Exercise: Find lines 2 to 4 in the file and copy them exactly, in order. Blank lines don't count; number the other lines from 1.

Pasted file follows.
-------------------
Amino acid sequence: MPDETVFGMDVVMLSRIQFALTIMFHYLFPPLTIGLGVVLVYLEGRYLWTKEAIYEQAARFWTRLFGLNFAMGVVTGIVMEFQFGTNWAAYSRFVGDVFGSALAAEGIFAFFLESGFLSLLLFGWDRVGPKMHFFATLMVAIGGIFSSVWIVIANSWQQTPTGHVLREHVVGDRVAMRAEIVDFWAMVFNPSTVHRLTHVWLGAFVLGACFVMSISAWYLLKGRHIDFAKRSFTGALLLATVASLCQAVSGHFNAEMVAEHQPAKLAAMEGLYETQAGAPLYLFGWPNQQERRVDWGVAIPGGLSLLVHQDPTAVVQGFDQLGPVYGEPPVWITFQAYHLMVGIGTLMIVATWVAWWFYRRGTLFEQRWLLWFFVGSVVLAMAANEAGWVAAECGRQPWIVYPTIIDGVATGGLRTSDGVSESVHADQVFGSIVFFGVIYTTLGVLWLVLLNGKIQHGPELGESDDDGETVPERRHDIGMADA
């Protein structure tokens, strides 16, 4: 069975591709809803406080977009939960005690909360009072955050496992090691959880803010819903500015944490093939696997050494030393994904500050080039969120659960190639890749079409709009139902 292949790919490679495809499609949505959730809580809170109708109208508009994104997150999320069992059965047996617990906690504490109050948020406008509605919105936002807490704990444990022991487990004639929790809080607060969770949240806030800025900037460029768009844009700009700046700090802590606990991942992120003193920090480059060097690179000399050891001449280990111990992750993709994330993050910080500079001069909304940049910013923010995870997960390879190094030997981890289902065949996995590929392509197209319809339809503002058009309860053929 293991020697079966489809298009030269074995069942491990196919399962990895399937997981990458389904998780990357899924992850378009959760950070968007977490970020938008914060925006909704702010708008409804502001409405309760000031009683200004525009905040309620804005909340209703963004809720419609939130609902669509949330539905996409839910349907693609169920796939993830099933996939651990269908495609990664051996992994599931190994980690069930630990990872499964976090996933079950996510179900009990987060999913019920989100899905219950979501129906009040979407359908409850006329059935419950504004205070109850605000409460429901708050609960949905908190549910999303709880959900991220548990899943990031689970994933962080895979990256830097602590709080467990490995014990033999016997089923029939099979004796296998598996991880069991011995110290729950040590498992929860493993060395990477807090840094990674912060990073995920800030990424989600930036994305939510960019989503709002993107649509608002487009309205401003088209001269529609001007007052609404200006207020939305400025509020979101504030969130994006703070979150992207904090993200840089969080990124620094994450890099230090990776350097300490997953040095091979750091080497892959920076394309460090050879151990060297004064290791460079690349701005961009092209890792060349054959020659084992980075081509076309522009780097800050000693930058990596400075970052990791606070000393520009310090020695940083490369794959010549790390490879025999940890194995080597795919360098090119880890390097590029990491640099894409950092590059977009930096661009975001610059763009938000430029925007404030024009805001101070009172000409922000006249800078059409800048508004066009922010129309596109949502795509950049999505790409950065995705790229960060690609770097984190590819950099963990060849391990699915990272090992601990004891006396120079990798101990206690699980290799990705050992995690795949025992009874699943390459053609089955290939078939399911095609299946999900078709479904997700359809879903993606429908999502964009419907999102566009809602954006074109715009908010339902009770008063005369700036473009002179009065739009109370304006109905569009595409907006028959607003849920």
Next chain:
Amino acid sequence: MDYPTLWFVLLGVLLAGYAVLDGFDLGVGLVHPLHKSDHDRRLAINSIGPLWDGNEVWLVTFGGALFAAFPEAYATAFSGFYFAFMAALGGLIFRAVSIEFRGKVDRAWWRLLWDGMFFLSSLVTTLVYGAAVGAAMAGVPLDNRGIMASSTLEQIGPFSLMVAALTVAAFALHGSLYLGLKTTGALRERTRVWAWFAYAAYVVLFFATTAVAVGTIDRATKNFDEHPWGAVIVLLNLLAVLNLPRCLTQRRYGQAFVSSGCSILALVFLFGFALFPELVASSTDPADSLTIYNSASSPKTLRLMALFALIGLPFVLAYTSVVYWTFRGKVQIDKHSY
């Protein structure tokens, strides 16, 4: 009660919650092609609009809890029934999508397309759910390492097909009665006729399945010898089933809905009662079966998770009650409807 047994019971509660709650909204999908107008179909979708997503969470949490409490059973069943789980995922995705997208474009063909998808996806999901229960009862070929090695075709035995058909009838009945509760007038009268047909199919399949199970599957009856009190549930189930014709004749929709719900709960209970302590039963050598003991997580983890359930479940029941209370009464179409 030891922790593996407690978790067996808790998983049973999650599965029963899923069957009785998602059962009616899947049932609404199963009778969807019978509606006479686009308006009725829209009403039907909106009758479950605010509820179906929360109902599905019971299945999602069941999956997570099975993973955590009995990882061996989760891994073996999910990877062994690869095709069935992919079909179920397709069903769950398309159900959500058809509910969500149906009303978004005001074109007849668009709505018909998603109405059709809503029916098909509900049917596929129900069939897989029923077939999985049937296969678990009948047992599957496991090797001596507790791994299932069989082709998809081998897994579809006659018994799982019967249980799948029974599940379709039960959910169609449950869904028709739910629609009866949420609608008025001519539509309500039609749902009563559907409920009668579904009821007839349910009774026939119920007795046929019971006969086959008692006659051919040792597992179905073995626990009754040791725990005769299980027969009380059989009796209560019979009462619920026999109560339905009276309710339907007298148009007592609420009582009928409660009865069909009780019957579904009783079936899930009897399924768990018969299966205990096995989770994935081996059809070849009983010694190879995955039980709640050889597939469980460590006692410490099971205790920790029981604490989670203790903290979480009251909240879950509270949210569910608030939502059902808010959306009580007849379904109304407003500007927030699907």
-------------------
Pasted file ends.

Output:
């Protein structure tokens, strides 16, 4: 069975591709809803406080977009939960005690909360009072955050496992090691959880803010819903500015944490093939696997050494030393994904500050080039969120659960190639890749079409709009139902 292949790919490679495809499609949505959730809580809170109708109208508009994104997150999320069992059965047996617990906690504490109050948020406008509605919105936002807490704990444990022991487990004639929790809080607060969770949240806030800025900037460029768009844009700009700046700090802590606990991942992120003193920090480059060097690179000399050891001449280990111990992750993709994330993050910080500079001069909304940049910013923010995870997960390879190094030997981890289902065949996995590929392509197209319809339809503002058009309860053929 293991020697079966489809298009030269074995069942491990196919399962990895399937997981990458389904998780990357899924992850378009959760950070968007977490970020938008914060925006909704702010708008409804502001409405309760000031009683200004525009905040309620804005909340209703963004809720419609939130609902669509949330539905996409839910349907693609169920796939993830099933996939651990269908495609990664051996992994599931190994980690069930630990990872499964976090996933079950996510179900009990987060999913019920989100899905219950979501129906009040979407359908409850006329059935419950504004205070109850605000409460429901708050609960949905908190549910999303709880959900991220548990899943990031689970994933962080895979990256830097602590709080467990490995014990033999016997089923029939099979004796296998598996991880069991011995110290729950040590498992929860493993060395990477807090840094990674912060990073995920800030990424989600930036994305939510960019989503709002993107649509608002487009309205401003088209001269529609001007007052609404200006207020939305400025509020979101504030969130994006703070979150992207904090993200840089969080990124620094994450890099230090990776350097300490997953040095091979750091080497892959920076394309460090050879151990060297004064290791460079690349701005961009092209890792060349054959020659084992980075081509076309522009780097800050000693930058990596400075970052990791606070000393520009310090020695940083490369794959010549790390490879025999940890194995080597795919360098090119880890390097590029990491640099894409950092590059977009930096661009975001610059763009938000430029925007404030024009805001101070009172000409922000006249800078059409800048508004066009922010129309596109949502795509950049999505790409950065995705790229960060690609770097984190590819950099963990060849391990699915990272090992601990004891006396120079990798101990206690699980290799990705050992995690795949025992009874699943390459053609089955290939078939399911095609299946999900078709479904997700359809879903993606429908999502964009419907999102566009809602954006074109715009908010339902009770008063005369700036473009002179009065739009109370304006109905569009595409907006028959607003849920």
Next chain:
Amino acid sequence: MDYPTLWFVLLGVLLAGYAVLDGFDLGVGLVHPLHKSDHDRRLAINSIGPLWDGNEVWLVTFGGALFAAFPEAYATAFSGFYFAFMAALGGLIFRAVSIEFRGKVDRAWWRLLWDGMFFLSSLVTTLVYGAAVGAAMAGVPLDNRGIMASSTLEQIGPFSLMVAALTVAAFALHGSLYLGLKTTGALRERTRVWAWFAYAAYVVLFFATTAVAVGTIDRATKNFDEHPWGAVIVLLNLLAVLNLPRCLTQRRYGQAFVSSGCSILALVFLFGFALFPELVASSTDPADSLTIYNSASSPKTLRLMALFALIGLPFVLAYTSVVYWTFRGKVQIDKHSY